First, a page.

AHH: The new Kaiser survey also found health care is the top issue most Democrats and Democratic-leaning independents want to hear about in the presidential primary debates that start next week.

The poll found 87 percent of that group says it’s “very important” for the candidates to talk about health care during the debates and 80 percent also said it’s “very important” for candidates to talk about issues affecting women. Gun policy came in second, with 72 percent saying they want to hear about it. 

The Kaiser Family Foundation asked respondents who said health care is at least somewhat important for the presidential candidates to discuss in the Democratic primary debates to elaborate on what they want addressed. Nearly 30 percent of Democrats and Democratic-leaning independents mentioned lowering people’s health costs, 8 percent mentioned lowering prescription costs, 18 percent mentioned increasing access to health care, 16 percent mentioned the Affordable Care Act and protections for individuals with pre-existing conditions, 15 percent mentioned single-payer and Medicare-for-all and 8 percent said reproductive health care services is an issue they want the candidates to discuss during the debates.

OOF: The latest health crisis is spreading from phone line to phone line. The rash of annoying robocalls has impacted hospitals across the country and created a constant interruption in a setting where every second counts, our Post colleague Tony Romm reports. When phone lines need to be available for incoming patients, the last thing hospitals want is a scam call tying up the line.

At Tufts Medical Center in Boston, administrators say they received more than 4,500 of these calls between 9:30 a.m. and 11:30 a.m. on April 30, 2018. Hospital officials say they were unable to block the incoming calls through the hospital’s telecom carrier.

“Administrators at other hospitals, cancer centers and medical research organizations around the country share Tufts’s robocall concerns,” Tony writes. “They fret that such a seemingly obvious tech malady has worsened in recent months and that government regulators and phone companies have been too slow to help. And they fear that robocallers could eventually outmatch their best efforts to keep hospital phone lines free during emergencies, creating the conditions for a potential health crisis.”

Another issue related to the calls that’s been hampering hospitals: Spammers often use a technique called spoofing, which means recipients see numbers that look similar to their own. Hospitals may believe the caller is a nearby patient. “They can't not pick them up,” Steven Cardinal, a top security official at the Medical University of South Carolina, told Tony. “They don't have any indicator it's a spoof until they answer it.”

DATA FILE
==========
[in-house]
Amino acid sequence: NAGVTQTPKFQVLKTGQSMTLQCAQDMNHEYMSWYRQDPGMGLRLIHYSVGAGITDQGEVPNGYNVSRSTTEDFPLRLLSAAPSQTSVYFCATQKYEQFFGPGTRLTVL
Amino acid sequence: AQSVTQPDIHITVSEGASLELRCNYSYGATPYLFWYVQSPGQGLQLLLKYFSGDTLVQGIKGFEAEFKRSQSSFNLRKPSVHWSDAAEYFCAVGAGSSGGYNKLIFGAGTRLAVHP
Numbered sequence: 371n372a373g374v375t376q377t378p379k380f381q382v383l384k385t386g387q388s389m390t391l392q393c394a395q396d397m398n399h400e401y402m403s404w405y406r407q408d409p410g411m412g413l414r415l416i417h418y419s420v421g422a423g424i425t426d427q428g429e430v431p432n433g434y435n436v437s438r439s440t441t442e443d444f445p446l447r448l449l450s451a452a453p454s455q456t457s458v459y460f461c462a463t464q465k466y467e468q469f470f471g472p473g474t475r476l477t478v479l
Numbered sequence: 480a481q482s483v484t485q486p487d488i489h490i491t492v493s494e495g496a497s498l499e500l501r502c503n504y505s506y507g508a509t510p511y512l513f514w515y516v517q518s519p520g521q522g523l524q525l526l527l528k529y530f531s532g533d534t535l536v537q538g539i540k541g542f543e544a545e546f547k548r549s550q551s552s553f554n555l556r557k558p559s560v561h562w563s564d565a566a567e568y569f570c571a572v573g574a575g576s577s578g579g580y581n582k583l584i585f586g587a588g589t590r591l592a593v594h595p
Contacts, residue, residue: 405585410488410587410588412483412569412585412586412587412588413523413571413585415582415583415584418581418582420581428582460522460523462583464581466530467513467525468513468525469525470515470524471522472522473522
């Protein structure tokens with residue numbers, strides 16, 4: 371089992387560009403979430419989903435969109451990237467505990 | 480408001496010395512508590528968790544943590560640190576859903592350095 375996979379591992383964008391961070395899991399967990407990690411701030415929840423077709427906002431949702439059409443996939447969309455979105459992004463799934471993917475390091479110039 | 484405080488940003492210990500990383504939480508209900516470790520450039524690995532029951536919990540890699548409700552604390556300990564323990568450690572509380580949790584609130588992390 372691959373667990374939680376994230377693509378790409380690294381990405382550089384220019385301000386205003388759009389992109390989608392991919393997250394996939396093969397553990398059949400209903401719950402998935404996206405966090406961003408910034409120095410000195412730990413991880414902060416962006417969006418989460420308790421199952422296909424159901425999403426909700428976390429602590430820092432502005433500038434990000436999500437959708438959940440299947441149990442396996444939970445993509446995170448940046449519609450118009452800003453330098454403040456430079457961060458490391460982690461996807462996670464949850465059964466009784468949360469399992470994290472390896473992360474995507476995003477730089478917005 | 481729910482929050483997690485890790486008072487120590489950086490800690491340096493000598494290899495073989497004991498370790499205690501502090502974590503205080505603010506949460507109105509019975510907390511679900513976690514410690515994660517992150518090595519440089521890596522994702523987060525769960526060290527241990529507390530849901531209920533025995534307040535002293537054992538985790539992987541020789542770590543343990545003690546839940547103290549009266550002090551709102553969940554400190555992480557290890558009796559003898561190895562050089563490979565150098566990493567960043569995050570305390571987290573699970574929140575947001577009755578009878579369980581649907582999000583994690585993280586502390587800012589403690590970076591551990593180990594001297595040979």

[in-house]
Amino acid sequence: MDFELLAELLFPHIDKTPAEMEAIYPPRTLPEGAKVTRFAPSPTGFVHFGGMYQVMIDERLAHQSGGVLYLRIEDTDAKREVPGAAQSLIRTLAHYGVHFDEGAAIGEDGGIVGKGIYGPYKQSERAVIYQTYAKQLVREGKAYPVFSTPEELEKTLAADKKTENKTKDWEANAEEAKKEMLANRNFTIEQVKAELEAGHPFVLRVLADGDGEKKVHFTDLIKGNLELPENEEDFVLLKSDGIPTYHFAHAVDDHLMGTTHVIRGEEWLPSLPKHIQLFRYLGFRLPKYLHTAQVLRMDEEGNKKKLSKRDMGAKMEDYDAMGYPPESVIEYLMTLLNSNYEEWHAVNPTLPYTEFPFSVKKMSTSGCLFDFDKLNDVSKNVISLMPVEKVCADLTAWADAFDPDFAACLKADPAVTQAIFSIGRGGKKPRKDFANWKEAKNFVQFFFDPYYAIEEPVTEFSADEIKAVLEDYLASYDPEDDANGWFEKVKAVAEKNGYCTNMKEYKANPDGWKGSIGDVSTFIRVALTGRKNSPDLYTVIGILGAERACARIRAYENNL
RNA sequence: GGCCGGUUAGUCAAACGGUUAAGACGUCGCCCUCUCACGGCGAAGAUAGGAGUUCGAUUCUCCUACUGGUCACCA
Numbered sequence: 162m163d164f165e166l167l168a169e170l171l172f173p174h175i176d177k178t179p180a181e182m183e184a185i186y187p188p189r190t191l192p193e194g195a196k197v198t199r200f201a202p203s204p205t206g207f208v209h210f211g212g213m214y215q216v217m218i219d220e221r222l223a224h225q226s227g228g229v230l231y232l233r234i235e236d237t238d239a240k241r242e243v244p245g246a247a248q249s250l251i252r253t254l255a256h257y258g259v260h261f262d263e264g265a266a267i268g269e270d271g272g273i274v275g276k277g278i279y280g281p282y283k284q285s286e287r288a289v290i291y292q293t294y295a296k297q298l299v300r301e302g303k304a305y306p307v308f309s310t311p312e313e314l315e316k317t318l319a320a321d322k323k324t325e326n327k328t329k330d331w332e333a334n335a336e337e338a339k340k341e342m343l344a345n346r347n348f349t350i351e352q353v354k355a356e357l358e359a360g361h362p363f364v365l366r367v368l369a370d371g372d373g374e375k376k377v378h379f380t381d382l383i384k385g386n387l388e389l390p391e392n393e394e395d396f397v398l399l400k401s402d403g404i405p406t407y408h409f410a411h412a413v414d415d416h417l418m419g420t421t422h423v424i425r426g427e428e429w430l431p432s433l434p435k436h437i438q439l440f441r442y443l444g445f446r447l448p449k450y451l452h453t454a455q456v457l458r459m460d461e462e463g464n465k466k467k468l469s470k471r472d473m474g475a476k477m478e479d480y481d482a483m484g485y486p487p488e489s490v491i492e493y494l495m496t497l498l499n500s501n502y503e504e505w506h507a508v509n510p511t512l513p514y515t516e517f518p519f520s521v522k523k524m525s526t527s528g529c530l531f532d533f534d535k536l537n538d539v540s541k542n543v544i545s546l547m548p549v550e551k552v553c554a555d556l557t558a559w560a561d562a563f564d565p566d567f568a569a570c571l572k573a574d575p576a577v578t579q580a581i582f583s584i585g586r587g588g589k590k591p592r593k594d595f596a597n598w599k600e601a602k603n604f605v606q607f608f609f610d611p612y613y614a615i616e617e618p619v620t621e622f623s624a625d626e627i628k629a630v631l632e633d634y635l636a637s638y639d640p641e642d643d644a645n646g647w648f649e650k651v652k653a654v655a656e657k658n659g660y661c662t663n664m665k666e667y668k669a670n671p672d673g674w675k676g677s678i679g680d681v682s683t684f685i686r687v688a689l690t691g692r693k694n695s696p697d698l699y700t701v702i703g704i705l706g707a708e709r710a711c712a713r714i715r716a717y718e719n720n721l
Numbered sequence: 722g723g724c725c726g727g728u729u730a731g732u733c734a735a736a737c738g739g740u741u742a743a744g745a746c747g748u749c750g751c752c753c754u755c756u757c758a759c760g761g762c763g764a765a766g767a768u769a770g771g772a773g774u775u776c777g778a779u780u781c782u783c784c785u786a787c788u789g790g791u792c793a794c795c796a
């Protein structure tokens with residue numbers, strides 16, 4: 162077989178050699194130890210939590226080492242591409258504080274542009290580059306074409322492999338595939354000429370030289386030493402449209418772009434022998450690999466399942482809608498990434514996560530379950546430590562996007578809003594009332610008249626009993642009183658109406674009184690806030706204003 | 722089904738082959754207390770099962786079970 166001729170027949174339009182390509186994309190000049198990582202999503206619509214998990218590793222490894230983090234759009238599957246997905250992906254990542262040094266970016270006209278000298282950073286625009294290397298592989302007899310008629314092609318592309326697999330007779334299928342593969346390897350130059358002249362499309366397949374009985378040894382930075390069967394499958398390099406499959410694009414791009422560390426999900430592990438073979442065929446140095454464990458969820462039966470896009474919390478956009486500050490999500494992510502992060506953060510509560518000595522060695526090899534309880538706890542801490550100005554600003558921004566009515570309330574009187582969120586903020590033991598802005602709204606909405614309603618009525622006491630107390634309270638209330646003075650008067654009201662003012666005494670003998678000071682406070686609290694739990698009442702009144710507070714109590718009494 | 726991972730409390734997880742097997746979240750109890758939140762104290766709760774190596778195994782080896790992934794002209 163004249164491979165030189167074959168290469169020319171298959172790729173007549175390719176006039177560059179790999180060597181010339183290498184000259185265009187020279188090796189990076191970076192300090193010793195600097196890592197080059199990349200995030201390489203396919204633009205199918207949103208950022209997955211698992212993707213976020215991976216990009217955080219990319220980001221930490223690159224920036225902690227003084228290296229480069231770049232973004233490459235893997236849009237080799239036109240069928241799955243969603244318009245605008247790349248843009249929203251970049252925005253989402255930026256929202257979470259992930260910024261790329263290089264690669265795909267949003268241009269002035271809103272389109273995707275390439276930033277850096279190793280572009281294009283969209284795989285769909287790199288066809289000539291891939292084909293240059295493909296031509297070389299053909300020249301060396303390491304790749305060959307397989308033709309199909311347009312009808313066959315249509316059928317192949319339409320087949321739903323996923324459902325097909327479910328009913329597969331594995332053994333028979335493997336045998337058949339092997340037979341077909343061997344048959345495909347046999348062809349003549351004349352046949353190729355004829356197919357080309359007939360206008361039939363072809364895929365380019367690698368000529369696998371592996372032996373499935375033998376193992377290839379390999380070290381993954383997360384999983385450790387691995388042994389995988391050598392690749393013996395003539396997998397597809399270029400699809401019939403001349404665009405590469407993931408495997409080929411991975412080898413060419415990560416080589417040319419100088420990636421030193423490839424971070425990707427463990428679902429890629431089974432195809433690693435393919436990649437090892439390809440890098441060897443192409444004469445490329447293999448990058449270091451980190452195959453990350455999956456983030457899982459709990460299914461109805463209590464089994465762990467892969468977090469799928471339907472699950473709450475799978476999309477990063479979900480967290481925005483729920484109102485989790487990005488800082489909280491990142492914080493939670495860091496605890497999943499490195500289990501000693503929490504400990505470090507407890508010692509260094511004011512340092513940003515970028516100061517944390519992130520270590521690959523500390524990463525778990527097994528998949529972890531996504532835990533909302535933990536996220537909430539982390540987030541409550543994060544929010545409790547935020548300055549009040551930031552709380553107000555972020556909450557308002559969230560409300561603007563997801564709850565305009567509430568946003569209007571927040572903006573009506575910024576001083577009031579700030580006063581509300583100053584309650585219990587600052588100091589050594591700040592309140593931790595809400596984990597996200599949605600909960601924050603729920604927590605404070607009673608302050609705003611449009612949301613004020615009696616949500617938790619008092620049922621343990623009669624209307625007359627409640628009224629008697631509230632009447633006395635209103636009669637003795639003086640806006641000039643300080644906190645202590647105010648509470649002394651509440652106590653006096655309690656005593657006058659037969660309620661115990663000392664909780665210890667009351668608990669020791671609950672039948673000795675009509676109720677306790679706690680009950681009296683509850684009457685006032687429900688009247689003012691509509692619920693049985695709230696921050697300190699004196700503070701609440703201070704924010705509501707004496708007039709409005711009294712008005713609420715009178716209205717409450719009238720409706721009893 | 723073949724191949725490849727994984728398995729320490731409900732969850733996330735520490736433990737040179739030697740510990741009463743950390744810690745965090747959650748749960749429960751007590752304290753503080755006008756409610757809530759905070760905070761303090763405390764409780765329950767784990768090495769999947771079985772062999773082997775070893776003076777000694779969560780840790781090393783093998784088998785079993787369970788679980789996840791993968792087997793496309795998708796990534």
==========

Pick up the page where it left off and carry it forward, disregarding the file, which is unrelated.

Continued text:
OUCH: Since 2017, the federal government has given states $2.4 billion in state grants to address the opioid crisis.

But states are also struggling to tackle methamphetamine use that has spiked nationwide, and federal opioid funding can’t be used to treat meth addiction, Carmen Heredia Rodriguez, Elizabeth Lucas and Orion Donovan-Smith report for Kaiser Health News.

“Now I’m looking for something different,” David Crowe, the executive director of Crawford County Drug and Alcohol Executive Commission in Pennsylvania, told them. “I don’t need more opiate money. I need money that will not be used exclusively for opioids.”

“According to the most recent data from the Centers for Disease Control and Prevention, 11 states have reported that opioids were involved in fewer than half of their total drug overdose deaths in 2017, including California, Pennsylvania and Texas,” Carmen, Elizabeth and Orion write.

The methamphetamine use that’s rising across the country is also harder to address, with a narrower set of treatments available for meth addiction than for opioids.


— House Speaker Nancy Pelosi (D-Calif.) is already railing against the president for his comments about a new Republican health-care plan to replace Obamacare.

“The American people already know exactly what the President’s health care plans mean in their lives: higher costs, worse coverage and the end of lifesaving protections for people with pre-existing conditions,” Pelosi said in a statement, ABC News’s Mariam Khan reports.

She added: “President Trump has waged an assault on health care since the start, and continues to order the Justice Department to ask the courts to destroy protections for people with pre-existing conditions and strike down every other protection and guarantee of affordable health care for America’s families.”